Sauce:

http://www.mcvuk.com/news/read/publishers-ready-to-engage-youtube-in-copyright-battle/0125642

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I'm sorry I watched Jim Sterling's Jimquisition,and Boogie2988's new episode and they both said that it was the publishers who took off their videos from Youtube.

And it made me curious as to why would the publishers do that,what was the thinking behind it.

If it's a Google problem I think it's easier to comprehend,but still,I didn't expected these journalists to lie.

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Sounds like they've also too hastily jumped to conclusions. To put things in perspective, neither game publishers nor Google really have anything to gain by removing game videos from Youtube. I suspect the key issue really is content licensed from the music industry, and as a result video games videos have been impacted by Google policy and software changes.

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I'd say they want a share of the revenue of these videos (if not all of it). Complete speculation though.

 

Now that I think of it, what I said was just stupid. They probably want some way to allow only approved content to come out, aka censorship.

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I'd say that the driving factor is that Google doesn't want to risk being sued by the record industry for copyright infringment of these songs. Because no matter how you look at it, and no way how they turn their terms of service, it is nevertheless Google who is doing a million-times copyright infringment by copying the data onto the network and sending it to the end-user's computer.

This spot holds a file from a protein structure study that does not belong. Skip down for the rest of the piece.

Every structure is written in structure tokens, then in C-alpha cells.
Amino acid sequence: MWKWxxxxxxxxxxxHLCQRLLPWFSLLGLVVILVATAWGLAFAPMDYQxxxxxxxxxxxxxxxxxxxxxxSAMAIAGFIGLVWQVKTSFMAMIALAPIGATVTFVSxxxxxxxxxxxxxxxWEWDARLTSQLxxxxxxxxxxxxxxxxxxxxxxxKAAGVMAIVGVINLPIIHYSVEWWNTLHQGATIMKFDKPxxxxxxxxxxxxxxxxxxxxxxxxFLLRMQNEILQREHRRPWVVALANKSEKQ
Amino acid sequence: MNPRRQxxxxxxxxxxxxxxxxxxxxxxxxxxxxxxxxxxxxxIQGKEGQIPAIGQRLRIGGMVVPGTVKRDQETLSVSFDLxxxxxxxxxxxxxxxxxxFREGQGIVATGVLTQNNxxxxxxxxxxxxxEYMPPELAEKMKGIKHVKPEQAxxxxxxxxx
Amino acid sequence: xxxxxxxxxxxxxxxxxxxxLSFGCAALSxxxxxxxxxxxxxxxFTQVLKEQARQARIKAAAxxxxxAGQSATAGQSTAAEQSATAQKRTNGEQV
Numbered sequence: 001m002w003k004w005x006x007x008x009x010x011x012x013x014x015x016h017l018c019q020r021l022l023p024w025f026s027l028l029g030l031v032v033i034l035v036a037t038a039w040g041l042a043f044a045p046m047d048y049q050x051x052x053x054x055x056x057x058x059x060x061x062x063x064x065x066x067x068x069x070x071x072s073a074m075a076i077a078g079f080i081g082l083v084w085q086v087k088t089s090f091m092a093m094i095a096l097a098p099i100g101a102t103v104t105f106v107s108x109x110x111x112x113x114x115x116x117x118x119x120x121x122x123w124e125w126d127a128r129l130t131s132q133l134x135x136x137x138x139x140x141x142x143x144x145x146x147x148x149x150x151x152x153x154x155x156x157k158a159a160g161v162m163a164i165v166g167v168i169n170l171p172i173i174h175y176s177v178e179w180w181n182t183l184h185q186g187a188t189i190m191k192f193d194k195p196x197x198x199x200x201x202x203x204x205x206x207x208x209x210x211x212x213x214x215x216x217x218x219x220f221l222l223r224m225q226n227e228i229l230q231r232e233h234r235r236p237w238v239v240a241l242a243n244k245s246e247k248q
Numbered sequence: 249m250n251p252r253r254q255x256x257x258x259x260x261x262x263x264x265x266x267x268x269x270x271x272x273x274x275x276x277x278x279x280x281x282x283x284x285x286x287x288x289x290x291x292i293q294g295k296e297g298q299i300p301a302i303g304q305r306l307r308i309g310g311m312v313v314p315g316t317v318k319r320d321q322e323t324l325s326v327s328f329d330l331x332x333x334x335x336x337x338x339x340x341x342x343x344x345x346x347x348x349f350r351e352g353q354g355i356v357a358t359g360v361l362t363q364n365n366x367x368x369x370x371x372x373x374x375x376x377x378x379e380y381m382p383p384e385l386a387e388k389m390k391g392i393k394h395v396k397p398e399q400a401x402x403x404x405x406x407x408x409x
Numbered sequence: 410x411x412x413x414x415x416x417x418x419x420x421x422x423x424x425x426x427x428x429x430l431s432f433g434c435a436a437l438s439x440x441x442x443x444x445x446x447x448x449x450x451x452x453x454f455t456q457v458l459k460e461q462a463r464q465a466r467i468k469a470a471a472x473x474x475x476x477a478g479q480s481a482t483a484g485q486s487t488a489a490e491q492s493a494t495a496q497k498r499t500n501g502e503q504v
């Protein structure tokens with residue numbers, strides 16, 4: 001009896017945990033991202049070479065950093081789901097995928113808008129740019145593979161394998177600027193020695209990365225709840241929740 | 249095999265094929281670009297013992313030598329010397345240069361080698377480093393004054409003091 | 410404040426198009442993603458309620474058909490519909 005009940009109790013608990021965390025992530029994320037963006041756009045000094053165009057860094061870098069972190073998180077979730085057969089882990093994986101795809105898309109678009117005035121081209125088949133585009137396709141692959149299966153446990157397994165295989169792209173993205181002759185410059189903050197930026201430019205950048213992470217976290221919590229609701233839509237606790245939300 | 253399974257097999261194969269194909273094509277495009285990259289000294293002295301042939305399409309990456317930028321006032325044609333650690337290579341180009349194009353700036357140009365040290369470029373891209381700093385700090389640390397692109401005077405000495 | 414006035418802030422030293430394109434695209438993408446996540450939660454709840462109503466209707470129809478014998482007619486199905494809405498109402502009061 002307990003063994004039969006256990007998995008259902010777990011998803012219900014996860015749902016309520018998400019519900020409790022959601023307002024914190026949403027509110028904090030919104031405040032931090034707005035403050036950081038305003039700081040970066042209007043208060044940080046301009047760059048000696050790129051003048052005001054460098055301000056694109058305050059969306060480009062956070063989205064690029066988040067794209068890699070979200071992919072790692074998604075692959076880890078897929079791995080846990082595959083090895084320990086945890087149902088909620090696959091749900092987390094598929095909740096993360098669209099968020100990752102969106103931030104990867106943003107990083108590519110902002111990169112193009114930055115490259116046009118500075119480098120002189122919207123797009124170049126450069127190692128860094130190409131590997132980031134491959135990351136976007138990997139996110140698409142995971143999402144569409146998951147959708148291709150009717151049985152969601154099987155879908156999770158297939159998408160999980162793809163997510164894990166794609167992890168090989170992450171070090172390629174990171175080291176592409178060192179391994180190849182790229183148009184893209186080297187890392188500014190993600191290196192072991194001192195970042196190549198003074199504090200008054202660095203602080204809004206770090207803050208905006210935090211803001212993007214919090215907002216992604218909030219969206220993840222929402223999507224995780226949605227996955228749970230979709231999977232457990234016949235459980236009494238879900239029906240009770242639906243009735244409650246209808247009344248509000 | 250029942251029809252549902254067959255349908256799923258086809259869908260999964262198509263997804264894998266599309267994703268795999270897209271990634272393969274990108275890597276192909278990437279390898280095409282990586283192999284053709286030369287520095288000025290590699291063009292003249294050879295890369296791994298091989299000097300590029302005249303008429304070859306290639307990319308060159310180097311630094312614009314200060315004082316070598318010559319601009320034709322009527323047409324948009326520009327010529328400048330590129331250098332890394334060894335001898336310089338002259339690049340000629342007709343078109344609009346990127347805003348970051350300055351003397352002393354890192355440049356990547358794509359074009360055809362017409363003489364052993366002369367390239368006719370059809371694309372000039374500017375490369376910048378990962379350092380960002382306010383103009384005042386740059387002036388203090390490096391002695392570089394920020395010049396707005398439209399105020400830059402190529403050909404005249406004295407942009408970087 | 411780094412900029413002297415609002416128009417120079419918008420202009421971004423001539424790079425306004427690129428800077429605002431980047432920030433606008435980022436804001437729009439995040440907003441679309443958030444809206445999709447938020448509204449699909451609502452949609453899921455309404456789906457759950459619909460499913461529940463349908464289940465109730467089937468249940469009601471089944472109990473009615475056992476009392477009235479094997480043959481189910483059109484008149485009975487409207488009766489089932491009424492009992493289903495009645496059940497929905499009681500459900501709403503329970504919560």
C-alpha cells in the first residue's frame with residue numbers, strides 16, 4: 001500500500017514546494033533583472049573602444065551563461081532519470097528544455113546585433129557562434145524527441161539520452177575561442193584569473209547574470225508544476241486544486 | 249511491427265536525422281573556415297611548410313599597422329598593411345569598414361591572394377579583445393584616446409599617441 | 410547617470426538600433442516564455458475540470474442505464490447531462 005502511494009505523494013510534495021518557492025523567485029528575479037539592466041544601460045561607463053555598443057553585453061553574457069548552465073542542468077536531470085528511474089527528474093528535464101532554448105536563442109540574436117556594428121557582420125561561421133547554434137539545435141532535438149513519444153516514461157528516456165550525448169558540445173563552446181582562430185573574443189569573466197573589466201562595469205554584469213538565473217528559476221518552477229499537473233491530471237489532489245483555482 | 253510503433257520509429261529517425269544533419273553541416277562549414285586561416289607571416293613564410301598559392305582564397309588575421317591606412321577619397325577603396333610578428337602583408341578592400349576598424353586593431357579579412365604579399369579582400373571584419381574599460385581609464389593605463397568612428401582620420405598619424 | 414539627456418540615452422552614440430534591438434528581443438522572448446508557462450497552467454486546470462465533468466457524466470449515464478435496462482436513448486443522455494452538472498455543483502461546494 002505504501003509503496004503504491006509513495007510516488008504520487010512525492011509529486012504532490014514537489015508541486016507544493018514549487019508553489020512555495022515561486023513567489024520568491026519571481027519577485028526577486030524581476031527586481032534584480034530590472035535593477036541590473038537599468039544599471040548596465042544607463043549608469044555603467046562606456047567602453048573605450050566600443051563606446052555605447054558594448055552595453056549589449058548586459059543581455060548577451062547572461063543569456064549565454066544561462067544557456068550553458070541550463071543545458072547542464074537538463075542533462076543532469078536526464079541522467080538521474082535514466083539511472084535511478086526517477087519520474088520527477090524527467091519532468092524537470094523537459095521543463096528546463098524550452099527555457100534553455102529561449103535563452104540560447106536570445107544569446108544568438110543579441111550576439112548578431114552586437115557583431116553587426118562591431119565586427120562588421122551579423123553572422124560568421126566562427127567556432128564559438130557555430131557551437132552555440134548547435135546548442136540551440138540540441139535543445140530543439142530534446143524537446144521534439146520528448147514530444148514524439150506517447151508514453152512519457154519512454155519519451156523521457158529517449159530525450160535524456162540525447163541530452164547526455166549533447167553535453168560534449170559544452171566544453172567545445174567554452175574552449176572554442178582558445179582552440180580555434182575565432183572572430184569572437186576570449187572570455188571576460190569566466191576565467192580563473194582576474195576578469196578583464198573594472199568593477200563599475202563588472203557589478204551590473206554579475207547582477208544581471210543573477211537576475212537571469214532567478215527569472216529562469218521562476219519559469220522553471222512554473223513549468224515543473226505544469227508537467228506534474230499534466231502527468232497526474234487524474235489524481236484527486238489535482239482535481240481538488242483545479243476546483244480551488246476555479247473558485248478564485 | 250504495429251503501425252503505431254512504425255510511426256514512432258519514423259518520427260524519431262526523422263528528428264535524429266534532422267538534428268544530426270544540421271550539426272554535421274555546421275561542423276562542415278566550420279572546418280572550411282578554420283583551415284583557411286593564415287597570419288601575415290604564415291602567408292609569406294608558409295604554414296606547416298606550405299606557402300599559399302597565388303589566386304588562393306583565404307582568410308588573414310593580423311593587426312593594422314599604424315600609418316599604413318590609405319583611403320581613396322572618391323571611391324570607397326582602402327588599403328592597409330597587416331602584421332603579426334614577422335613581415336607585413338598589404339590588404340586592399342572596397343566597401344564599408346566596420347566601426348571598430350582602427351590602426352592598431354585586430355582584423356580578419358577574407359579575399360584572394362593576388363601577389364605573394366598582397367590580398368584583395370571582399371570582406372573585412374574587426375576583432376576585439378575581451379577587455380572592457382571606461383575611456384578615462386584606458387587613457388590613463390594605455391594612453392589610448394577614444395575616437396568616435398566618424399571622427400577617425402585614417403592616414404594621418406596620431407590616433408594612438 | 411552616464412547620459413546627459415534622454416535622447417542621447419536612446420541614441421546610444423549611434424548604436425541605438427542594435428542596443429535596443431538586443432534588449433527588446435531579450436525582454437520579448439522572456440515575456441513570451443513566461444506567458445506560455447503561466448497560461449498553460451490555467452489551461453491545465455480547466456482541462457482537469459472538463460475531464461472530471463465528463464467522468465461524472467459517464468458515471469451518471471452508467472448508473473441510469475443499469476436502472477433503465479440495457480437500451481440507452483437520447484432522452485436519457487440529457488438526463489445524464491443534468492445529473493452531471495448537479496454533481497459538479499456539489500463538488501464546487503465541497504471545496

They can somehow mitigate this risk by having a "report copyright violation" button and asserting that they block infringing videos in a timely manner (read as: due diligence). However, in the end, all it takes is a judge who agrees with the doing-millions-of-illicit-copies point of view. It is a risk, and the smaller the risk, the better.

 

Obviously, the person uploading the movie is culpable in the first place, too, but that person is much, much harder to get hold of, and a lawsuit is much less lucrative. Why go through the trouble of persuing a person and filing a lawsuit for 500 dollars of damages if you can instead sue Google for 500 dollars multiplied with 2 million hits?

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Interesting, I remember seeing a rant by TotalBiscuit a couple months ago about this very thing - IIRC, he was putting most of the blame on certain publishers (and Google for being complacent), and argued that the motive was indeed censorship. I can certainly see the motive of a publisher wanting to censor a harsh critque of their game. More generally, the DMCA and YouTube (and similar) has been a heated topic for a while. There are many that feel it is too easy for copyright holders to get content taken down for censorship or other reasons, and that there is little or no penalty to these copyright holders even when the takedowns have no merit.